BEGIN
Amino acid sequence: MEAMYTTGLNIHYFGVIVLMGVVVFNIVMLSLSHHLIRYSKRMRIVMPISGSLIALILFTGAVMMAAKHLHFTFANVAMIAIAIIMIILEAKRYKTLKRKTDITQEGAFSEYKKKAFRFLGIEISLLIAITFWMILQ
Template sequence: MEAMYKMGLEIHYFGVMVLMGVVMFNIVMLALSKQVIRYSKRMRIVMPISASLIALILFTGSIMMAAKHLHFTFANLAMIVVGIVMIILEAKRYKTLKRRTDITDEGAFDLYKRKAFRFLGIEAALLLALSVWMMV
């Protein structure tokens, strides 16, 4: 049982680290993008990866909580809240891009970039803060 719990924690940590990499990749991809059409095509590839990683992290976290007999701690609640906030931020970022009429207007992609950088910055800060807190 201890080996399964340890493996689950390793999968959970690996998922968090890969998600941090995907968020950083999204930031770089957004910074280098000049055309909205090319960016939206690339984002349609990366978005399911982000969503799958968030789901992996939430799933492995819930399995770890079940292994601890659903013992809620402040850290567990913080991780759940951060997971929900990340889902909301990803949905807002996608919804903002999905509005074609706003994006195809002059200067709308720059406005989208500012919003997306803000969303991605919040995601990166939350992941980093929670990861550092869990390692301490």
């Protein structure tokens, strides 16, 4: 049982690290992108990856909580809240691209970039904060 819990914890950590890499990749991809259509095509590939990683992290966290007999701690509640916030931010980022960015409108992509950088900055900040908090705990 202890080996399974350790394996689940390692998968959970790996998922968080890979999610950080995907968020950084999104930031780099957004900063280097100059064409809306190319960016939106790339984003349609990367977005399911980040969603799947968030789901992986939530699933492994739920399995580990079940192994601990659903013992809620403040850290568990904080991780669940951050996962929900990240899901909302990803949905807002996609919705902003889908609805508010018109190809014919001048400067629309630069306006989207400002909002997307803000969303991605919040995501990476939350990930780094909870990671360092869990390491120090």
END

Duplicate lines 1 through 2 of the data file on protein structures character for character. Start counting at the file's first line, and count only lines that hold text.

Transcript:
Amino acid sequence: MEAMYTTGLNIHYFGVIVLMGVVVFNIVMLSLSHHLIRYSKRMRIVMPISGSLIALILFTGAVMMAAKHLHFTFANVAMIAIAIIMIILEAKRYKTLKRKTDITQEGAFSEYKKKAFRFLGIEISLLIAITFWMILQ
Template sequence: MEAMYKMGLEIHYFGVMVLMGVVMFNIVMLALSKQVIRYSKRMRIVMPISASLIALILFTGSIMMAAKHLHFTFANLAMIVVGIVMIILEAKRYKTLKRRTDITDEGAFDLYKRKAFRFLGIEAALLLALSVWMMV